Imagination: Do the Wildcats Have Any?

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Has a lack of imagination been largely responsible for Kentucky's recent woes?

I harken back to the days of Eddie Sutton, January 25th, 1987.  UK's opponent was #18 Navy, who had on their team The Admiral, Daivd Robinson.  Robinson was an amazing talent, and had lead Navy to many victories and of course, became a legend in the NBA.  He was a dangerous player, and many wondered how we would stop him when he brought the Midshipmen into town.   Kentucky was unranked at the time, and appeared to have no answer for Robinson.

So Eddie Sutton used his imagination.

Instead of trying to hold Robinson down, UK allowed him to go off for 45 points on 17-22 shooting, 11-12 from the foul line.  Sounds very much like a recipe for disaster, right?

Wrong.  Besides Robinson and Derek Turner, no other Navy player had more than 4 points.  That's right, Navy had six players score, and only two of them had more than four points.  In fact, only three of them had as many as four points, including Robinson and Turner.  UK won handily, 80-69.

Sutton used his imagination.  He reckoned that David Robinson, if opposed, could  not score 75 or 80 points.  Robinson was a very smart player and would not force shots when he didn't have great position.  Oh, he got great position plenty, and UK could not match up to him.  And even though he shot a remarkable percentage, UK largely dominated the game by stopping everyone else.

Enter Rick Pitino in his first year.  Pitino knew that UK's weak leftovers could not beat many people playing a conventional style, but he knew that he had a few guys who could shoot the basketball.  So instead of worrying about post position and rebounding, Pitino's team worried about making three point shots, and made enough that a UK team that had no business winning more than five or six games managed 14 wins that season.  Pitino's teams never played exactly that way again.

Last year, Billy Gillispie discovered that the only way we could consistently win was to shorten the game and work for the very best shot possible.  It was ugly basketball, by UK standards, but it had one redeeming virtue -- it worked.  UK found its way into the NCAA tournament after one of the worst starts in Kentucky history.

Which brings us to now.  I think that largely, the last three games have represented a failure of imagination on the part of the team and the coaching staff.  Against Ole Miss, the team could not imagine a scenario in which struggling Ole Miss defeated then 5-0 UK led by Jodie Meeks and Patrick Patterson, who were tearing teams up.  Their lack of imagination cost them, as Ole Miss took Jodie Meeks completely out of the equation, and Patrick Patterson was not enough.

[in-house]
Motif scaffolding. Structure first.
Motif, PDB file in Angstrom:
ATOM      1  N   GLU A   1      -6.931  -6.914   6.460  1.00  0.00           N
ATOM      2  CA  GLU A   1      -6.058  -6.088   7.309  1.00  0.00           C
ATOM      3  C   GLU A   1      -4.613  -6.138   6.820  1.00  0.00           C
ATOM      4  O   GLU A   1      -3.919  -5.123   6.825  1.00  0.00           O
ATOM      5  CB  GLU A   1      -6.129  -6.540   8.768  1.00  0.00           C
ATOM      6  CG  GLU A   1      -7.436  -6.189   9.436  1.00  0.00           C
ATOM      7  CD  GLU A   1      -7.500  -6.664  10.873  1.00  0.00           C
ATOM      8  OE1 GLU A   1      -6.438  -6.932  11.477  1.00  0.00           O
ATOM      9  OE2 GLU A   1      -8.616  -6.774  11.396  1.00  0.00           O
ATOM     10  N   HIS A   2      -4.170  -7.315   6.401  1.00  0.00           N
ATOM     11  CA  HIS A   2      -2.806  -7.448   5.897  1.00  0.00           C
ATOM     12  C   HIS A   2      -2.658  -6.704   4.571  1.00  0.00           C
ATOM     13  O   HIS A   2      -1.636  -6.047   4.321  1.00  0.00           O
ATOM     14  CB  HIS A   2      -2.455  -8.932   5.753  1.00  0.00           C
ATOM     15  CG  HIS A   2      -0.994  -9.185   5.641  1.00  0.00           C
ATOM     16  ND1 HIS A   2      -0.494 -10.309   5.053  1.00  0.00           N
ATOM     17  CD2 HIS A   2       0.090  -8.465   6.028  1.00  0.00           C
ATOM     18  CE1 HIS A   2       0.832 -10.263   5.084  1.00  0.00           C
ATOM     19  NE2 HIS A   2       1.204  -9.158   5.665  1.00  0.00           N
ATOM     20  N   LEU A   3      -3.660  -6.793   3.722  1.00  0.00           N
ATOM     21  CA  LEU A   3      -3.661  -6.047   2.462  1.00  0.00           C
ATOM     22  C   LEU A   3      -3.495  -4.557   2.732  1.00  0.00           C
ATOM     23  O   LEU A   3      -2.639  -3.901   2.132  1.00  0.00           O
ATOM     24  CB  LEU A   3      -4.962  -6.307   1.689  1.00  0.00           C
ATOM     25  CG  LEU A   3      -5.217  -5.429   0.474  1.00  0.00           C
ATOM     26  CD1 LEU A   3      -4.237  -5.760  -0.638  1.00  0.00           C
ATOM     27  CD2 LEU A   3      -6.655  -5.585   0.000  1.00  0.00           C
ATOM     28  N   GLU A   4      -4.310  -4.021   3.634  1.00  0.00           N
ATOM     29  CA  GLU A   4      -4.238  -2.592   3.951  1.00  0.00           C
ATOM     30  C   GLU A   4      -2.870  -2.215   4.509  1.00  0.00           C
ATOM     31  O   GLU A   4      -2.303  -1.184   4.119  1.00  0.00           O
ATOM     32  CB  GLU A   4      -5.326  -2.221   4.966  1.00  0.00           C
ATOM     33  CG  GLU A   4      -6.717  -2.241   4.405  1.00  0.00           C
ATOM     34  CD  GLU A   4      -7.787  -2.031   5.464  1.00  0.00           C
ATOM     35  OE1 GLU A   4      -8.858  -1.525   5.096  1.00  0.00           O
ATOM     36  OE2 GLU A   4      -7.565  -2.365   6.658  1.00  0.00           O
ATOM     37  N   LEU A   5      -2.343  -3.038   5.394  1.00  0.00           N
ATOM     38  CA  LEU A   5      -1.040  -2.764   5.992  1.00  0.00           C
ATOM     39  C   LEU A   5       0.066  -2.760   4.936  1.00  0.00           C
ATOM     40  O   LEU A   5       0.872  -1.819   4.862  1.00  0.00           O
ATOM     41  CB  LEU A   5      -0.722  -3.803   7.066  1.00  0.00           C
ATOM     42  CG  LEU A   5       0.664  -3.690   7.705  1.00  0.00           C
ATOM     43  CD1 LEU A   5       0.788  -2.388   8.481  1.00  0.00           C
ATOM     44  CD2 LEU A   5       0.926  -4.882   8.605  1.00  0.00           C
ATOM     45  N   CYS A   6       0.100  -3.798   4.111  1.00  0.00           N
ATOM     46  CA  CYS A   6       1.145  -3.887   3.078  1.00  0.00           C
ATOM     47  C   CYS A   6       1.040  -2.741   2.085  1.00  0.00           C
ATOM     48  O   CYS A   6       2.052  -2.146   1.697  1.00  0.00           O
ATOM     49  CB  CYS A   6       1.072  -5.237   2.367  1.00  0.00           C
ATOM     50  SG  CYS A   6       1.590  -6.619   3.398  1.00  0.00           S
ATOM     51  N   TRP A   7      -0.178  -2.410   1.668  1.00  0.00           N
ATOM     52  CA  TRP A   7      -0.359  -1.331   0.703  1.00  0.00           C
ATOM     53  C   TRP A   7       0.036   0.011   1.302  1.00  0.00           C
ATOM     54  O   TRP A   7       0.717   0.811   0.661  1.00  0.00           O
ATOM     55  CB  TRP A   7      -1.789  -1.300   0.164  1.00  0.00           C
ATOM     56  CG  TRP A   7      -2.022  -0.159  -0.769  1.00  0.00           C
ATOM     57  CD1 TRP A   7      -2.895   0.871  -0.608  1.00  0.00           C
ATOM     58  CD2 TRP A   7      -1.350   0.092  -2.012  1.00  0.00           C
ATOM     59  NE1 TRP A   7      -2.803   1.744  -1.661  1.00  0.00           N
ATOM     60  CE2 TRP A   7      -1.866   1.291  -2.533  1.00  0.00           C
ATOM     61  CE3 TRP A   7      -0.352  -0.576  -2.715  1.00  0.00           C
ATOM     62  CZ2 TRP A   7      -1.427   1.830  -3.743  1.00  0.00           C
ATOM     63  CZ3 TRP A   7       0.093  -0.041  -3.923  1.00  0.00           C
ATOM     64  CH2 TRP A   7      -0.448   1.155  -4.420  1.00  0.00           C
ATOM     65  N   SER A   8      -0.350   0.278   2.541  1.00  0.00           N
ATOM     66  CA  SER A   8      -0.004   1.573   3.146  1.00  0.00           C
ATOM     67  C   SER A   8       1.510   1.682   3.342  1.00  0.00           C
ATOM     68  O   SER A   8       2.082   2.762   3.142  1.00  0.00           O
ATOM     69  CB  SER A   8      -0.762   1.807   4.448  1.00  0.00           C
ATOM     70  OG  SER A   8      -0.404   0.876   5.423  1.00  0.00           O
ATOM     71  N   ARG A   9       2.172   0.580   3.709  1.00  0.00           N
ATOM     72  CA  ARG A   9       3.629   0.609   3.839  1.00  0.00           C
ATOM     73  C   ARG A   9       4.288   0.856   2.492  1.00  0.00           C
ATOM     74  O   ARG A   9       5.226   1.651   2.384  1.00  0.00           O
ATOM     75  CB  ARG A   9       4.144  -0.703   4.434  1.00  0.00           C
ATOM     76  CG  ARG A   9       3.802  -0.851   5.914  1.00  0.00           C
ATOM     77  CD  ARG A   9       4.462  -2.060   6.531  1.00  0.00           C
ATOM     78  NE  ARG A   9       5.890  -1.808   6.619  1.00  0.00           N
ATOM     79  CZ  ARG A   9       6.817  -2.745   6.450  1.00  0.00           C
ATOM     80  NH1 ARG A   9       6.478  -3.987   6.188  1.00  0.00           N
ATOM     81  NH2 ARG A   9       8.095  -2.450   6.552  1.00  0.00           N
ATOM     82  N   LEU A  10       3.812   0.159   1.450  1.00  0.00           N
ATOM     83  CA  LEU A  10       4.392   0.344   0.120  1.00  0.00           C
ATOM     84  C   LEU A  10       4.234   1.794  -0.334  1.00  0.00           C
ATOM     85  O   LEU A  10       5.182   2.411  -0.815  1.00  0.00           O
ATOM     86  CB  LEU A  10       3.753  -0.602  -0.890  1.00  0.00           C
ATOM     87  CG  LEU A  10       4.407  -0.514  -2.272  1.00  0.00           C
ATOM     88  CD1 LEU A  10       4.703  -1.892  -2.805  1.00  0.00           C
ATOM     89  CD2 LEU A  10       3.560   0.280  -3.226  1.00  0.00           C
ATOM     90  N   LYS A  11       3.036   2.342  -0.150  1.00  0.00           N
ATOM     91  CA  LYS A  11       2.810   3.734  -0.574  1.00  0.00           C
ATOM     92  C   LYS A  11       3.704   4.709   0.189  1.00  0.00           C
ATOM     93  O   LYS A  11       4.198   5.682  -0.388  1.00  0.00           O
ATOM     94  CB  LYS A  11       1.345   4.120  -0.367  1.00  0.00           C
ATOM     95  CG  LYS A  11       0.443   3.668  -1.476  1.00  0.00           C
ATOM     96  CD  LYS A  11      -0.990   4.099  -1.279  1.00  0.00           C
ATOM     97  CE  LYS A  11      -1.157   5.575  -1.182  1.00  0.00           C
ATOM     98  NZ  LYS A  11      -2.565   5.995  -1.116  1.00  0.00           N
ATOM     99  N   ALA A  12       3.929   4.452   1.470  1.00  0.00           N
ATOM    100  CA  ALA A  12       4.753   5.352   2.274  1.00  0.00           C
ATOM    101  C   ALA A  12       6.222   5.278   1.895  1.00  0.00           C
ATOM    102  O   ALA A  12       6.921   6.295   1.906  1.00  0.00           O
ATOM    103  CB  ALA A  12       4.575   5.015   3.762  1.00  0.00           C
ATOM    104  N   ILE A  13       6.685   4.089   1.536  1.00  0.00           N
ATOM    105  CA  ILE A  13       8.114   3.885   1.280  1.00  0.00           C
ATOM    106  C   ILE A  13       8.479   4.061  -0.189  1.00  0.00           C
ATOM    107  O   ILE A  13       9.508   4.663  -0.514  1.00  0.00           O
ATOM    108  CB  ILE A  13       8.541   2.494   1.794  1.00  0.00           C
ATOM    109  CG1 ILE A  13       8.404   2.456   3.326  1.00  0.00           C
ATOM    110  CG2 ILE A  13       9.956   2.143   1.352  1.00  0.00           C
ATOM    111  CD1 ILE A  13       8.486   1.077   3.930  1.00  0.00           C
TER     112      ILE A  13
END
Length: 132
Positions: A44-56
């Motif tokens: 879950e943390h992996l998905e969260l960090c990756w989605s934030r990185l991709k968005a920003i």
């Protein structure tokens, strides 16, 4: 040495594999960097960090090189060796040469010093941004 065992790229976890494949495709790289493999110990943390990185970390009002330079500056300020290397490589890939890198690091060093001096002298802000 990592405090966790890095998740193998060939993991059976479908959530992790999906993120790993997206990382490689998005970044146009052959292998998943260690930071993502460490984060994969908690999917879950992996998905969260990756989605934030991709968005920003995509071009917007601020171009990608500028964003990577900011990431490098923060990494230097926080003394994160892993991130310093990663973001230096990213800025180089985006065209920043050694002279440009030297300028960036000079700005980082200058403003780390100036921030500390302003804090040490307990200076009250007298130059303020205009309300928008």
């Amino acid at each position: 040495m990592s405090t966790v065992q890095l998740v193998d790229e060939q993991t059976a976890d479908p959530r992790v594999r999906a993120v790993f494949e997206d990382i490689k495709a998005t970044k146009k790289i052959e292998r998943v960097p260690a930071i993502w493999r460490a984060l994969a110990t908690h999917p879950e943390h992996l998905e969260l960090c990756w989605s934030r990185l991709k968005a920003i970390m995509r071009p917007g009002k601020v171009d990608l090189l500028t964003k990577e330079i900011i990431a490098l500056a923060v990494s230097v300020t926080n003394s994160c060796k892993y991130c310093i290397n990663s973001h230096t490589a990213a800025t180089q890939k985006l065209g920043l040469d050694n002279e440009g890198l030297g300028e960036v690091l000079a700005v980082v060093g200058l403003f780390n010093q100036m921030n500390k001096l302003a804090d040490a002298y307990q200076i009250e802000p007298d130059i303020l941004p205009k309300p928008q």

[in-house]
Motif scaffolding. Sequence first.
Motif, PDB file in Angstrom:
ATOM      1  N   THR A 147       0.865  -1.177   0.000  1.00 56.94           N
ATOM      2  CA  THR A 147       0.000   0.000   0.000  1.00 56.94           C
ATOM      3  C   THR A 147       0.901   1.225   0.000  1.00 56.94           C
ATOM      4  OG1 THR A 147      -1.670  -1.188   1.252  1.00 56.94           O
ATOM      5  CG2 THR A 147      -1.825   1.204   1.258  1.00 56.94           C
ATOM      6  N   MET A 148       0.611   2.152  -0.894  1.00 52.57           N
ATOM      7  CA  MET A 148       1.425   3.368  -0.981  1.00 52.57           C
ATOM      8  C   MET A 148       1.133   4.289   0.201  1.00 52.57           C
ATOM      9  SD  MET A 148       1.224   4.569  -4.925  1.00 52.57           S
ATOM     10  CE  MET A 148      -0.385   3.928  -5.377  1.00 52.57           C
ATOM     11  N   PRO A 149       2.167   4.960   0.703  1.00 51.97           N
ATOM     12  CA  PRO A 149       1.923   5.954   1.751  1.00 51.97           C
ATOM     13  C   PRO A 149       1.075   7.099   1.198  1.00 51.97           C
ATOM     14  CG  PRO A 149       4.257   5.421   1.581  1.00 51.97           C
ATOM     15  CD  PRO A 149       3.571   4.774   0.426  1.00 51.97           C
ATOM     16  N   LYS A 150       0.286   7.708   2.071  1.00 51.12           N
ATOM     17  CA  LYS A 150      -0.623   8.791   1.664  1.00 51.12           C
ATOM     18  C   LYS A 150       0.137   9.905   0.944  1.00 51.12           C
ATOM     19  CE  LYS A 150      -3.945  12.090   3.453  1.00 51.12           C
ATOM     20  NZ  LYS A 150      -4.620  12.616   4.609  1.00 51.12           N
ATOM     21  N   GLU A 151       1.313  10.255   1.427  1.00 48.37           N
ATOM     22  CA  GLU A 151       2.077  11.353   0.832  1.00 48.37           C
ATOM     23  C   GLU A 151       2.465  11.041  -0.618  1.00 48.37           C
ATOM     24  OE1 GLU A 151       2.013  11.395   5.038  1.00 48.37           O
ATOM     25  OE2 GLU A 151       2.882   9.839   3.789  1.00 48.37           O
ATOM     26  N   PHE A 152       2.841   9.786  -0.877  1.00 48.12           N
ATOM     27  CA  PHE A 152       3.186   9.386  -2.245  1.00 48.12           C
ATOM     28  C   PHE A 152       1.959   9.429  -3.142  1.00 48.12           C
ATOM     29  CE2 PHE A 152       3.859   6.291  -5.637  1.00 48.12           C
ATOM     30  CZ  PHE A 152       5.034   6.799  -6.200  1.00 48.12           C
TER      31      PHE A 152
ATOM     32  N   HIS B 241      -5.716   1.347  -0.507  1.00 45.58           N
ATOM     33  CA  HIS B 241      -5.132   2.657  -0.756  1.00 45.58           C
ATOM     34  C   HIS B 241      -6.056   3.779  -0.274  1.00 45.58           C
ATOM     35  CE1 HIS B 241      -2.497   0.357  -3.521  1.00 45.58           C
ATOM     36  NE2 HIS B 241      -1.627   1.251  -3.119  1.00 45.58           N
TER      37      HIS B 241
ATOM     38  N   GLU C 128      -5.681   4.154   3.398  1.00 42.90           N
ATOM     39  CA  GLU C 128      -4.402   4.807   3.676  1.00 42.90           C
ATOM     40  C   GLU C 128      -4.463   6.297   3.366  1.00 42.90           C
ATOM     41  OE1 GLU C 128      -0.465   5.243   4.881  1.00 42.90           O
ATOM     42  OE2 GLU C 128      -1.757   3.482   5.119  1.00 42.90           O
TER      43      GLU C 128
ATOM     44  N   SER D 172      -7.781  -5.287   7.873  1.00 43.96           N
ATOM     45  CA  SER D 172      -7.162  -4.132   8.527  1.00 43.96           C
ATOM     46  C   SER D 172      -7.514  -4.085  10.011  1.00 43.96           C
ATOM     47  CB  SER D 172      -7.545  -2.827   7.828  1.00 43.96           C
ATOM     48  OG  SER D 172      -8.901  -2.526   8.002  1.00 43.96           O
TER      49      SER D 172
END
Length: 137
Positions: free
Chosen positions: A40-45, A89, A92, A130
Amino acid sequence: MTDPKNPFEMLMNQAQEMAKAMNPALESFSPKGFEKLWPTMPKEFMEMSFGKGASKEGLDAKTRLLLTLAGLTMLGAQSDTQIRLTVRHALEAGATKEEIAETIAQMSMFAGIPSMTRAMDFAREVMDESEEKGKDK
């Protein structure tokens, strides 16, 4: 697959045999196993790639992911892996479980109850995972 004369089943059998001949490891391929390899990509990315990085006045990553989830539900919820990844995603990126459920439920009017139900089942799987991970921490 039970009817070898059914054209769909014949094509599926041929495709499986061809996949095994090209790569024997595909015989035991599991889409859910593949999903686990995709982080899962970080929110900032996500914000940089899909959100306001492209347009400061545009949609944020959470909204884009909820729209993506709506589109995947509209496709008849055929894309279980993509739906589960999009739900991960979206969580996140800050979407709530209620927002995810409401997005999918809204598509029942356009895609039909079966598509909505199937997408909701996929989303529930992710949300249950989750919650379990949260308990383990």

Then, South Carolina came into Rupp.  Billy Gillispie had to know that the Gamecocks were going to take Meeks away, just like  Ole Miss did.  Did he make any changes?  Nope.  As you might expect, the result was exactly the same, if much closer.

Then came Mississippi State.  By now, surely everyone knows what the game plan is defensively.  Not only that, Ole Miss presented some serious mismatches offensively.  Kentucky came out and played exactly the same kind of game as in the previous two.  The result -- the same.

I think even a blind man could see this pattern by now.  Every team in the SEC knows how to beat Kentucky if they didn't know before.  The method is tried and true, and has succeeded 100% of the times it has been tried.  Has Kentucky done anything different?  Not to the extent that even my experienced eye can see it.  It looks like we are playing the same way we did against Tennessee and Alabama and Vanderbilt. 

The difference is, other teams are playing Kentucky differently, and have found a recipe that has yielded remarkable success.  So if Billy Donovan does not come in and play exactly the same kind of defensive game, he is a fool -- and he is no fool.  And if UK does not make an adjustment of some kind, something more or less radical, the result will almost certainly be the same.

What we have is a lack of imagination.  It's time Gillispie dreamed up something new.

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